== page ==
In brief

  • The UK central bank announced a £150 billion stimulus on Thursday.
  • The stimulus is "larger-than-expected" and will be used to fuel bond purchases.
  • However, the country is not out of the woods yet, governor Andrew Bailey stated.

The Bank of England said Thursday it would buy up over £150 billion ($196 million) worth of government bonds as it seeks to revive an ailing economy as the country enters a second lockdown, financial news outlet Bloomberg reported.

The move—termed “larger-than-expected” by pundits—would help create market demand and lower borrowing costs for the government, the report said.


Bonds are a fixed-income instrument that represent an underlying loan and are used to raise cash from rich investors, such as hedge funds, family offices, and endowment funds. 

This year, as countries around the world reel from the ill-effects of the coronavirus, governments have stepped in to buy back billions of dollars worth of bonds using new capital, a process popularly known as “quantitative easing.”

After Thursday’s move, the UK government has picked up over £200 billion ($262 billion) worth of bonds in total this year. The country’s debt has ballooned further as well: It stands above £2 trillion ($2.62 trillion) at press time.

Meanwhile, to further provide for its citizens, the UK also announced the extension of its furlough program yesterday—which would see the government pay up to 80% of the wages of 9 million people working in various sectors. The cost of this is expected to be another £25 billion ($32 billion), analysts at Bloomberg estimated.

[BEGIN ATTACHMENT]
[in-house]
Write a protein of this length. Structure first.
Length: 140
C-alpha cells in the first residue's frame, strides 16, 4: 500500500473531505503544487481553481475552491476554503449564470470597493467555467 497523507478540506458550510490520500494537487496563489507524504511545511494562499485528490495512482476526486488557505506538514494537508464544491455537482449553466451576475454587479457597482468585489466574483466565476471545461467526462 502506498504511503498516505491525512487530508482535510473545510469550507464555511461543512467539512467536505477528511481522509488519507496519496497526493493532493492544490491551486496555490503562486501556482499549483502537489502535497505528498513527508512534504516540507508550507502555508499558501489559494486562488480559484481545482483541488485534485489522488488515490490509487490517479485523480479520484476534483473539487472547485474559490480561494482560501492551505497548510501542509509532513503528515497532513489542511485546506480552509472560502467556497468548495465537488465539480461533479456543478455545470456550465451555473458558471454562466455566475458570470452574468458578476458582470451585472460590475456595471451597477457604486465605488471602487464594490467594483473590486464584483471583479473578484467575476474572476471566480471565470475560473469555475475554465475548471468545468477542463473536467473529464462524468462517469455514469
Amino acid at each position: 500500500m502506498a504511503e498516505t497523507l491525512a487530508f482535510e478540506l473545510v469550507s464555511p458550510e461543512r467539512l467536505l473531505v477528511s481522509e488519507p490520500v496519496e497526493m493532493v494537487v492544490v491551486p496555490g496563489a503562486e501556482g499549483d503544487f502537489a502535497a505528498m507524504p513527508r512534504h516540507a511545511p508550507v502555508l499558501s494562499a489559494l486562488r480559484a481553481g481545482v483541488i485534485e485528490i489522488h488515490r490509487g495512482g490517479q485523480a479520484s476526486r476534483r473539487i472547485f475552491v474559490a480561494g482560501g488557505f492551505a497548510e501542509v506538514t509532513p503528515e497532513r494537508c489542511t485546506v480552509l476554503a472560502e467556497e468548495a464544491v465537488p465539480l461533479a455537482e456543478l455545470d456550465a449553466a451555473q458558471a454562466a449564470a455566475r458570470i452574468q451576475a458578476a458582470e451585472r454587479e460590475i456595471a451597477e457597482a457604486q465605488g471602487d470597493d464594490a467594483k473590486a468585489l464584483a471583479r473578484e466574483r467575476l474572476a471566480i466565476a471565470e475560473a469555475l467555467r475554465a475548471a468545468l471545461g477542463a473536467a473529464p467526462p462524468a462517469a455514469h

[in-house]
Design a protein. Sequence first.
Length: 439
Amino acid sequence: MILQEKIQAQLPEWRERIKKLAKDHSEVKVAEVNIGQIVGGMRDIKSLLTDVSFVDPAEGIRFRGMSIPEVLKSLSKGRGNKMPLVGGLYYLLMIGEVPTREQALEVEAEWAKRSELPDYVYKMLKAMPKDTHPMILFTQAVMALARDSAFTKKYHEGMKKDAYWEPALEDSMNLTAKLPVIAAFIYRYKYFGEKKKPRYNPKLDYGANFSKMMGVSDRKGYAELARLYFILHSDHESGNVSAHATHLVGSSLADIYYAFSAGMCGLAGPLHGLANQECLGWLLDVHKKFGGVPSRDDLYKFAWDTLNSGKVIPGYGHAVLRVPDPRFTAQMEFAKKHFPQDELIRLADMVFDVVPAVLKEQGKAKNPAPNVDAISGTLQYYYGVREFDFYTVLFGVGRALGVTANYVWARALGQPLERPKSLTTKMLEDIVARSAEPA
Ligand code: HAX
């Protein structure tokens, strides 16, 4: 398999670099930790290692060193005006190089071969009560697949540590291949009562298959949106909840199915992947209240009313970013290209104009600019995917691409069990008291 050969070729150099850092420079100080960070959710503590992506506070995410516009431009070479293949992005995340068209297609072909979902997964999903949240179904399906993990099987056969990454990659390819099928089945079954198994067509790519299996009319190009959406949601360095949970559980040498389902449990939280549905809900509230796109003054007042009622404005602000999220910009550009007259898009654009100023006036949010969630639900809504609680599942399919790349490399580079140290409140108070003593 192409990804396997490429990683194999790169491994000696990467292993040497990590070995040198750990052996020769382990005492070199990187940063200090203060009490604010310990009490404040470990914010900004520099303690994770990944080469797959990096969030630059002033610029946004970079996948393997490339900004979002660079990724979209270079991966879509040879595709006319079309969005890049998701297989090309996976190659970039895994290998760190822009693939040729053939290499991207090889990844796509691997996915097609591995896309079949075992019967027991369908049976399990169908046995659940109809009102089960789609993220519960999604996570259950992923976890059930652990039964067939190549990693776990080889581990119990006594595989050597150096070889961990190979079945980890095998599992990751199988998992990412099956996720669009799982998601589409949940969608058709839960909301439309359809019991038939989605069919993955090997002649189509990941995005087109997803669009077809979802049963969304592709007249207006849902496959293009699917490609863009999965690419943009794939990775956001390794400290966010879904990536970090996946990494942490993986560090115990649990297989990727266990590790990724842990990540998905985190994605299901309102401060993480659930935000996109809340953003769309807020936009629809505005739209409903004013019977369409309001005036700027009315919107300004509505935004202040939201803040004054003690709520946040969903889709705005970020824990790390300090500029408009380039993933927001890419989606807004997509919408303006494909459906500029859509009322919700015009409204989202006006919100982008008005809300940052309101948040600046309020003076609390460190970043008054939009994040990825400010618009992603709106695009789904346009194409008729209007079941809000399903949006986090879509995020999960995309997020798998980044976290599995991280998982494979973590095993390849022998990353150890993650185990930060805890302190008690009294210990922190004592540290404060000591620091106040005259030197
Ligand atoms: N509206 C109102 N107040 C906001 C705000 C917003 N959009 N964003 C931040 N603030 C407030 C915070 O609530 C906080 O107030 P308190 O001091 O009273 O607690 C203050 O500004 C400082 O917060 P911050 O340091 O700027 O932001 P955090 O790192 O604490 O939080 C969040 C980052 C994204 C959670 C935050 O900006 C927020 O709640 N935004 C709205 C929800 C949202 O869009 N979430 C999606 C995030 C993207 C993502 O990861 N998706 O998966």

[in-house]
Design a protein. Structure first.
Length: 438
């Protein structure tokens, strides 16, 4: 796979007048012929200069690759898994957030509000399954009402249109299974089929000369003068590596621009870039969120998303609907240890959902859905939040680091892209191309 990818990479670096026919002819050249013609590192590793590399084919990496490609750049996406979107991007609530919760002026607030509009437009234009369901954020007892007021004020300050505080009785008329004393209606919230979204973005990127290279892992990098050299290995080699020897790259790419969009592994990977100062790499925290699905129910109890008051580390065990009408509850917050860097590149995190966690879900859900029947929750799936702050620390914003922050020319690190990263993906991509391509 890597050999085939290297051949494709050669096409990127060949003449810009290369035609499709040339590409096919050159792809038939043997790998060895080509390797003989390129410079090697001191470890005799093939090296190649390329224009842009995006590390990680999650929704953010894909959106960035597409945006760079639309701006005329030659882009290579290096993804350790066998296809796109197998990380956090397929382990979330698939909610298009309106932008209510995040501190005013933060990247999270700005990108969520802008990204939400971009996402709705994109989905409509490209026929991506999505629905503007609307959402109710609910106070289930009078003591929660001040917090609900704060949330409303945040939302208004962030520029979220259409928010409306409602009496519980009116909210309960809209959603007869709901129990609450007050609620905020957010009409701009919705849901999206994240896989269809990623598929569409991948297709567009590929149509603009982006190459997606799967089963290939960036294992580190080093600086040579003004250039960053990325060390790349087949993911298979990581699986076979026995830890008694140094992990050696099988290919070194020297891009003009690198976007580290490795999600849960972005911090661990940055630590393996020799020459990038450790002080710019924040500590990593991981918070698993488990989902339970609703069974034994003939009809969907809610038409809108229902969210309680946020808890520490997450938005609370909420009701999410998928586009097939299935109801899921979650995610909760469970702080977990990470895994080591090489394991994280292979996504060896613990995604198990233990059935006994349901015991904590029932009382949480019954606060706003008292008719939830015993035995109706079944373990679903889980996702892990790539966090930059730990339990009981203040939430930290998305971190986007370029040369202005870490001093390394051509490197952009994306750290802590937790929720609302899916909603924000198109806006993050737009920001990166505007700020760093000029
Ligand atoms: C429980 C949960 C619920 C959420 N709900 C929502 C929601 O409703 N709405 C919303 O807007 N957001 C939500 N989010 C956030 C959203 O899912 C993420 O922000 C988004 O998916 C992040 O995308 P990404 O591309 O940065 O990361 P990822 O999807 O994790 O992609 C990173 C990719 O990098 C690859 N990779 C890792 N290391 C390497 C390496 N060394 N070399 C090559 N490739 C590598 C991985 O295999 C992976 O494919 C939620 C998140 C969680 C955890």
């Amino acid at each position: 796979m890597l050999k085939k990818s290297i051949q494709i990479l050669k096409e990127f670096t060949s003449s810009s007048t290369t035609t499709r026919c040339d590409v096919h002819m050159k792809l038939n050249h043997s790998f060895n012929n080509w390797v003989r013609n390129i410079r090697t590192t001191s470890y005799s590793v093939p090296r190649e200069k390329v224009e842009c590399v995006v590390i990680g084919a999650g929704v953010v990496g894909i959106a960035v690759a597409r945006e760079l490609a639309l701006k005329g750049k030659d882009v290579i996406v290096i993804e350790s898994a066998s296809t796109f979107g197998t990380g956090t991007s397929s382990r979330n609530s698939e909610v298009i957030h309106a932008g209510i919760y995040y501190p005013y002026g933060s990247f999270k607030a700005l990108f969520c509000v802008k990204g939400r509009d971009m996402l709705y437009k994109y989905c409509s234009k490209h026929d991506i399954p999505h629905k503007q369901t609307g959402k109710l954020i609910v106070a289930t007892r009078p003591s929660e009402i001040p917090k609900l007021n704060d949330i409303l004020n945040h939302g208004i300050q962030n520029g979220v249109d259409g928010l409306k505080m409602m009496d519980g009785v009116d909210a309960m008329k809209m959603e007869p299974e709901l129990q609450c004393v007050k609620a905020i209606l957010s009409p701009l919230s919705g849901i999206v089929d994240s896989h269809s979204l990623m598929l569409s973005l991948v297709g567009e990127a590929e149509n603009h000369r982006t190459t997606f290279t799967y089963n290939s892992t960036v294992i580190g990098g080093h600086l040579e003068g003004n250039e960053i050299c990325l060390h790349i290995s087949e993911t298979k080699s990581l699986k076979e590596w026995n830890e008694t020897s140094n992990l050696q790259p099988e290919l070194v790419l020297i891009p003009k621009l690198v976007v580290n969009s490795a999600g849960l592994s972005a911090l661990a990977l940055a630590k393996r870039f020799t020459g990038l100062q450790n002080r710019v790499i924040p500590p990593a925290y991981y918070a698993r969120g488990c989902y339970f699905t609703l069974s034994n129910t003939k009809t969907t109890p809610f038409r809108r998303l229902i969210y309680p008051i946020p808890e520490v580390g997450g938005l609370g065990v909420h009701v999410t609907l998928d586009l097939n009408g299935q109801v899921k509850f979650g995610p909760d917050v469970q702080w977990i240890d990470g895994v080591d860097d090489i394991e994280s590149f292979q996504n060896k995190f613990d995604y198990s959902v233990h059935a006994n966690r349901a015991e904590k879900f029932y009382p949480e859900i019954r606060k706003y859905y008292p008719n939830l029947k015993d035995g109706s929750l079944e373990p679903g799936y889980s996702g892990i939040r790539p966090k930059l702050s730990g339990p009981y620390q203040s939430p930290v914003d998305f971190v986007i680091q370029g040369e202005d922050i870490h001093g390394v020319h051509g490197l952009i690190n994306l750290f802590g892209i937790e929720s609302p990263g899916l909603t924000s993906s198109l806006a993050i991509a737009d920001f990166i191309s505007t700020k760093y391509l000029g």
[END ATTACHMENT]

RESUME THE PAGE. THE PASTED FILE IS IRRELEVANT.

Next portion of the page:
But despite the various moves to address the economic pain, there’s still trouble ahead. The Bank of England said it expects the economy to contract in Q4 of 2020, adding to its ongoing economic woes as part of the Brexit negotiations.


“It’s an extraordinary situation,” said bank government Andrew Bailey in a statement, adding, “It’s by no means over.”

The current economic backdrop is similar to 2008’s scenario of quantitative easing and money printing, which gave birth to Bitcoin at the time, an asset not driven by centralized policies or subject to additional issuance. An asset that right now, is shooting up in price.

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